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CHAPTER

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6

COLLECTING DATA
IN MIXED METHODS
RESEARCH

R

esearchers collect data in a mixed methods study to address the research questions or hypotheses. The data collection procedure needs to fit the type of mixed methods design in the study. This requires using procedures drawn from concurrent forms of data collection, in which both the quantitative and qualitative data are collected concurrently, or from the sequential forms of data collection, in which one type of data is collected and analyzed prior to a second data collection. Issues develop during both of these approaches that the investigator must address. However, before discussing the mixed methods data collection procedures, we will begin with a review of the basic elements of both quantitative and qualitative data collection within a process approach to research.

This chapter will address
• The procedures for quantitative and qualitative data collection in a research study
• Mixed methods data collection procedures for the mixed methods designs based on concurrent and sequential forms of data collection

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Collecting Data in Mixed Methods Research– ●–111

PROCEDURES IN QUALITATIVE AND
QUANTITATIVE DATA COLLECTION
When researchers think about data collection, they often turn to the specific types of data collection and the procedures for collecting that data. We believe that there are some phases to the process of data collection that, in combination, comprise the data collection step in research. As shown in Table 6.1, these phases are the sampling procedures, permissions, types of information collected, forms for recording the data, and the activities involved in administering the data collection. Each phase will be discussed individually for both qualitative and quantitative data collection as a review prior to discussing mixed methods data collection. The review is adapted from several chapters in Creswell (2005a).

Table 6.1

Phases in the Data Collection Process for Qualitative and Quantitative Research

Qualitative Data Collection

Phases in the Process
of Research

Quantitative Data Collection

• Purposeful sampling
strategies
• Small number of participants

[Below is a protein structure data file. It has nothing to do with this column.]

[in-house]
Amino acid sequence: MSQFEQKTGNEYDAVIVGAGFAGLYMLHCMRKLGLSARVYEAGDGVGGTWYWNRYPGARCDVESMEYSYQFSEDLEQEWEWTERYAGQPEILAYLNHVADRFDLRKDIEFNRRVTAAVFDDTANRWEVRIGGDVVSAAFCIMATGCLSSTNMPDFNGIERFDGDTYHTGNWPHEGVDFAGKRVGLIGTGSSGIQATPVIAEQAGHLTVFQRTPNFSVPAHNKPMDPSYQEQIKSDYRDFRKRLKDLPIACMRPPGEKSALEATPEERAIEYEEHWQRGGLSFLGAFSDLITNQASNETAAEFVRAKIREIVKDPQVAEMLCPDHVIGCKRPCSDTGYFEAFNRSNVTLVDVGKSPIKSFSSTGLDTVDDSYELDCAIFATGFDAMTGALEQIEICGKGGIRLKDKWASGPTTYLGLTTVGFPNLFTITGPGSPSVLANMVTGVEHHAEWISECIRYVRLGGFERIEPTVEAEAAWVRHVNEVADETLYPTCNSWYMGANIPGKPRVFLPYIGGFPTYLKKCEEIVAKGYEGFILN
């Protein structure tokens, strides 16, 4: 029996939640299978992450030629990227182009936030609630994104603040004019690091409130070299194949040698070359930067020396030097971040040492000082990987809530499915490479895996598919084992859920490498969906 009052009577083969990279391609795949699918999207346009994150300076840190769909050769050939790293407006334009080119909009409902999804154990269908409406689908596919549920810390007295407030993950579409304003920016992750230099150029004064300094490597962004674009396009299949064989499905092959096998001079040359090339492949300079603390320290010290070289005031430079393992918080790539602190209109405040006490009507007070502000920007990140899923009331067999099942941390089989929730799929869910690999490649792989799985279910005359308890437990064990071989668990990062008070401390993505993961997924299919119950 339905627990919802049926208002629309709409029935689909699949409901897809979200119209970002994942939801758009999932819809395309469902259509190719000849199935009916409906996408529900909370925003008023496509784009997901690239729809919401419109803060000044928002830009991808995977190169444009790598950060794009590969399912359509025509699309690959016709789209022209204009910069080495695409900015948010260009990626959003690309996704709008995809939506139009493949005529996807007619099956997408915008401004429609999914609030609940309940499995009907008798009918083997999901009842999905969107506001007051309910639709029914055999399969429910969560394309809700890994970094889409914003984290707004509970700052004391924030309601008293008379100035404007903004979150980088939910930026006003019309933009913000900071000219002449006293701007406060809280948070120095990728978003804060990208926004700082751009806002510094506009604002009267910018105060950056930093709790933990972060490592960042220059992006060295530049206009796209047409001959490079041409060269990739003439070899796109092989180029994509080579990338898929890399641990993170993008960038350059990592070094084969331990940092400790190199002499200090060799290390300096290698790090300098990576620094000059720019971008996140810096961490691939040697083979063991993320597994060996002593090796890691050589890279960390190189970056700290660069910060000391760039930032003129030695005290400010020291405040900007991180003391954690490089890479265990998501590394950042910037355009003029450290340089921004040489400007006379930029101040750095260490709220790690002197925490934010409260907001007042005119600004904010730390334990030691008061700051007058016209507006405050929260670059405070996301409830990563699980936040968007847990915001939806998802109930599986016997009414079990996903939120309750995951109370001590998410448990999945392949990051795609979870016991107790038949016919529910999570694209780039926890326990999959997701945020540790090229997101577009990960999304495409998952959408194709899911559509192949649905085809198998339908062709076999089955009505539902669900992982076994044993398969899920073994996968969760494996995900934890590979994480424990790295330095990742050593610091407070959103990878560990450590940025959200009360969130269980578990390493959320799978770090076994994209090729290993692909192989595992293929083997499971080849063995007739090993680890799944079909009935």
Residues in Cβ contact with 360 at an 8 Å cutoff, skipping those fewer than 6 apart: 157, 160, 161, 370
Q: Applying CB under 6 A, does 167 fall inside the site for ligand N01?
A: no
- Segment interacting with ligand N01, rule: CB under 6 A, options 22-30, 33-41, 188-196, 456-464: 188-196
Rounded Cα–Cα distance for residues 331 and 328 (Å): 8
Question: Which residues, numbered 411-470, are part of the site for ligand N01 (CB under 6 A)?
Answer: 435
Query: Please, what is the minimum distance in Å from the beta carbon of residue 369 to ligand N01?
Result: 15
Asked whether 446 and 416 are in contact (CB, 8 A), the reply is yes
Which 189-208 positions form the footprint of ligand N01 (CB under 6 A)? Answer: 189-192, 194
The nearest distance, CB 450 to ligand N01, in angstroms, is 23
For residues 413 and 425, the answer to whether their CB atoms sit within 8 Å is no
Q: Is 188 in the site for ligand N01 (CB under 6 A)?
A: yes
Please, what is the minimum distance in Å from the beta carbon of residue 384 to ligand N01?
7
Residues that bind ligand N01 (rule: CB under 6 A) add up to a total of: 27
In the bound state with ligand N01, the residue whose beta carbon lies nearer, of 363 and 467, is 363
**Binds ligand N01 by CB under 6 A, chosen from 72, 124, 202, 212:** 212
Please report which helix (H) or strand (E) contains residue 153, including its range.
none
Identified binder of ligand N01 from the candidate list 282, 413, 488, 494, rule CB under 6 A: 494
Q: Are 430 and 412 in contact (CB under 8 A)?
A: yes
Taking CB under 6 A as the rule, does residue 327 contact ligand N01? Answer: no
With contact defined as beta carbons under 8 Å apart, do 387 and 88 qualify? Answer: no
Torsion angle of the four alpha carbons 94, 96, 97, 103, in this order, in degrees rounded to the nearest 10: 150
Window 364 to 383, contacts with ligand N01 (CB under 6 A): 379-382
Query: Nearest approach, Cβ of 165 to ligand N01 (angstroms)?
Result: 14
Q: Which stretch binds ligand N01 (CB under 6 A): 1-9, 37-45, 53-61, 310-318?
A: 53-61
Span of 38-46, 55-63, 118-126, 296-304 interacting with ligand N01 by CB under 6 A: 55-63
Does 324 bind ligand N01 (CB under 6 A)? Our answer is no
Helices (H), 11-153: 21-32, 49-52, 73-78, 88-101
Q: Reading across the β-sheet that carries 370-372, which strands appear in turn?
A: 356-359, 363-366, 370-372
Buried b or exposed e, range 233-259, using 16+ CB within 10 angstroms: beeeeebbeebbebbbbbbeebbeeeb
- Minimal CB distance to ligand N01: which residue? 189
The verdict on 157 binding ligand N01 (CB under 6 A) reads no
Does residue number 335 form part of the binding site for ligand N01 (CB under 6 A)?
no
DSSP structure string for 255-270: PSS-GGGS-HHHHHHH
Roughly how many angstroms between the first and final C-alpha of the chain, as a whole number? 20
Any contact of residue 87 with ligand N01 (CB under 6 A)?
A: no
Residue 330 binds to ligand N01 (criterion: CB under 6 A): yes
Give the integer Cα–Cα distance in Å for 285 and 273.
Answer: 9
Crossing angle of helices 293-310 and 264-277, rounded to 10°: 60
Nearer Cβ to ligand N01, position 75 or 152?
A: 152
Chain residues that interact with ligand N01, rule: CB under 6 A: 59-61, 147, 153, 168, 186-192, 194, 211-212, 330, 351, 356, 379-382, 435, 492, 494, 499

and sites

Sampling

• Random sampling
• Adequate size to reduce
sampling error and provide
sufficient power

• From individuals providing
access to sites
• Institutional review boards
• Individuals

Permissions

• From individuals providing
access to sites
• Institutional review boards
• Individuals






Data sources

• Instruments
• Checklists
• Public documents

• Interview protocols
• Observational protocols

Recording the data

• Instruments with scores that are
reliable and valid

• Attending to field issues
• Attending to ethical issues

Administering data
collection

• Standardization of procedures
• Attending to ethical issues

Open-ended interviews
Open-ended observations
Documents
Audiovisual materials

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112– ●–DESIGNING AND CONDUCTING MIXED METHODS RESEARCH

Sampling Procedures
To address a research question or hypothesis, the researcher decides which people and research sites can best provide information, puts a sampling procedure in place, and determines the number of individuals that will be needed to provide data.

In qualitative research, the inquirer purposefully selects individuals and sites that can provide the necessary information. Purposeful sampling means that researchers intentionally select participants who have experience with the central phenomenon or the key concept being explored. A number of purposeful sampling strategies are available, each with a different purpose. One of the more popular is maximal variation sampling, in which individuals are chosen...
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